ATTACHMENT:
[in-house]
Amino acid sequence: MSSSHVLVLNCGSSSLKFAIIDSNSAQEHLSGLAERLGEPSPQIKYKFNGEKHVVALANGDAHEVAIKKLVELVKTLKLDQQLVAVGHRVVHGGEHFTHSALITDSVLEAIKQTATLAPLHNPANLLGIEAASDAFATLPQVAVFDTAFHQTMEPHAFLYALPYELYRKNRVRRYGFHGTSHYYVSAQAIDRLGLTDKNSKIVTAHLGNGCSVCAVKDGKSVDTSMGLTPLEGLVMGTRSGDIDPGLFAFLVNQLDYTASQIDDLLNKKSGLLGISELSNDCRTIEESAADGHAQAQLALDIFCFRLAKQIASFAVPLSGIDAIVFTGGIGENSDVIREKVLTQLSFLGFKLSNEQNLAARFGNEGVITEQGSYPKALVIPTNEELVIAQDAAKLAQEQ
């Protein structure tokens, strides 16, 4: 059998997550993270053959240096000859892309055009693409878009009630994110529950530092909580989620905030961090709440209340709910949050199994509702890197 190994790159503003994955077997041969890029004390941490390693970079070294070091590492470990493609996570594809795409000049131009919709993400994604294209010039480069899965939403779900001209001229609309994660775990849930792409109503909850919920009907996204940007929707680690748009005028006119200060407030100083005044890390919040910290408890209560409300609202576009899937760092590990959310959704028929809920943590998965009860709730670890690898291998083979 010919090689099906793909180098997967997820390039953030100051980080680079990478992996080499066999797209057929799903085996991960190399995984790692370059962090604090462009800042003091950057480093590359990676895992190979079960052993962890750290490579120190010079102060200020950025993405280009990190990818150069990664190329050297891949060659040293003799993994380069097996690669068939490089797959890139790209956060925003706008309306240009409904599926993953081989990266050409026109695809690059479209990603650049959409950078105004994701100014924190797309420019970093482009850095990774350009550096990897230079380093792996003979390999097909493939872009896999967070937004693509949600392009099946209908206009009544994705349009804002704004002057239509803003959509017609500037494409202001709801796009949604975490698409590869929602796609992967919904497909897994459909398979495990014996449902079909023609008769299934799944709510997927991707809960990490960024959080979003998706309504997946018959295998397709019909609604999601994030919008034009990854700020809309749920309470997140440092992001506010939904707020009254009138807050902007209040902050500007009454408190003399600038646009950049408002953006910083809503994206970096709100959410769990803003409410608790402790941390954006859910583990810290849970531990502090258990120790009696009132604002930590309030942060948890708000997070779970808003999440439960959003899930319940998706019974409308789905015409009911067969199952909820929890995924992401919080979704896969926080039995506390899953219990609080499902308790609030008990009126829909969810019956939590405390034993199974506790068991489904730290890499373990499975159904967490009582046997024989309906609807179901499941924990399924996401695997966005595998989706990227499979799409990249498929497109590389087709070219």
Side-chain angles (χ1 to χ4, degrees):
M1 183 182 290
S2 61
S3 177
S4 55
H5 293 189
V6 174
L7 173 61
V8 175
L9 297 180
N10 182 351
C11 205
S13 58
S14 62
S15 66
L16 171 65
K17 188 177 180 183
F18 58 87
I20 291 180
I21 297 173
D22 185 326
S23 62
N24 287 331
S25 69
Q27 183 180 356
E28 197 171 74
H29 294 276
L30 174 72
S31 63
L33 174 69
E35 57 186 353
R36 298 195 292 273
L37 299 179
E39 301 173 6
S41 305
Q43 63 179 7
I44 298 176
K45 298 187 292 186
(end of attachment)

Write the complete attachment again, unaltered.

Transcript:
[in-house]
Amino acid sequence: MSSSHVLVLNCGSSSLKFAIIDSNSAQEHLSGLAERLGEPSPQIKYKFNGEKHVVALANGDAHEVAIKKLVELVKTLKLDQQLVAVGHRVVHGGEHFTHSALITDSVLEAIKQTATLAPLHNPANLLGIEAASDAFATLPQVAVFDTAFHQTMEPHAFLYALPYELYRKNRVRRYGFHGTSHYYVSAQAIDRLGLTDKNSKIVTAHLGNGCSVCAVKDGKSVDTSMGLTPLEGLVMGTRSGDIDPGLFAFLVNQLDYTASQIDDLLNKKSGLLGISELSNDCRTIEESAADGHAQAQLALDIFCFRLAKQIASFAVPLSGIDAIVFTGGIGENSDVIREKVLTQLSFLGFKLSNEQNLAARFGNEGVITEQGSYPKALVIPTNEELVIAQDAAKLAQEQ
């Protein structure tokens, strides 16, 4: 059998997550993270053959240096000859892309055009693409878009009630994110529950530092909580989620905030961090709440209340709910949050199994509702890197 190994790159503003994955077997041969890029004390941490390693970079070294070091590492470990493609996570594809795409000049131009919709993400994604294209010039480069899965939403779900001209001229609309994660775990849930792409109503909850919920009907996204940007929707680690748009005028006119200060407030100083005044890390919040910290408890209560409300609202576009899937760092590990959310959704028929809920943590998965009860709730670890690898291998083979 010919090689099906793909180098997967997820390039953030100051980080680079990478992996080499066999797209057929799903085996991960190399995984790692370059962090604090462009800042003091950057480093590359990676895992190979079960052993962890750290490579120190010079102060200020950025993405280009990190990818150069990664190329050297891949060659040293003799993994380069097996690669068939490089797959890139790209956060925003706008309306240009409904599926993953081989990266050409026109695809690059479209990603650049959409950078105004994701100014924190797309420019970093482009850095990774350009550096990897230079380093792996003979390999097909493939872009896999967070937004693509949600392009099946209908206009009544994705349009804002704004002057239509803003959509017609500037494409202001709801796009949604975490698409590869929602796609992967919904497909897994459909398979495990014996449902079909023609008769299934799944709510997927991707809960990490960024959080979003998706309504997946018959295998397709019909609604999601994030919008034009990854700020809309749920309470997140440092992001506010939904707020009254009138807050902007209040902050500007009454408190003399600038646009950049408002953006910083809503994206970096709100959410769990803003409410608790402790941390954006859910583990810290849970531990502090258990120790009696009132604002930590309030942060948890708000997070779970808003999440439960959003899930319940998706019974409308789905015409009911067969199952909820929890995924992401919080979704896969926080039995506390899953219990609080499902308790609030008990009126829909969810019956939590405390034993199974506790068991489904730290890499373990499975159904967490009582046997024989309906609807179901499941924990399924996401695997966005595998989706990227499979799409990249498929497109590389087709070219």
Side-chain angles (χ1 to χ4, degrees):
M1 183 182 290
S2 61
S3 177
S4 55
H5 293 189
V6 174
L7 173 61
V8 175
L9 297 180
N10 182 351
C11 205
S13 58
S14 62
S15 66
L16 171 65
K17 188 177 180 183
F18 58 87
I20 291 180
I21 297 173
D22 185 326
S23 62
N24 287 331
S25 69
Q27 183 180 356
E28 197 171 74
H29 294 276
L30 174 72
S31 63
L33 174 69
E35 57 186 353
R36 298 195 292 273
L37 299 179
E39 301 173 6
S41 305
Q43 63 179 7
I44 298 176
K45 298 187 292 186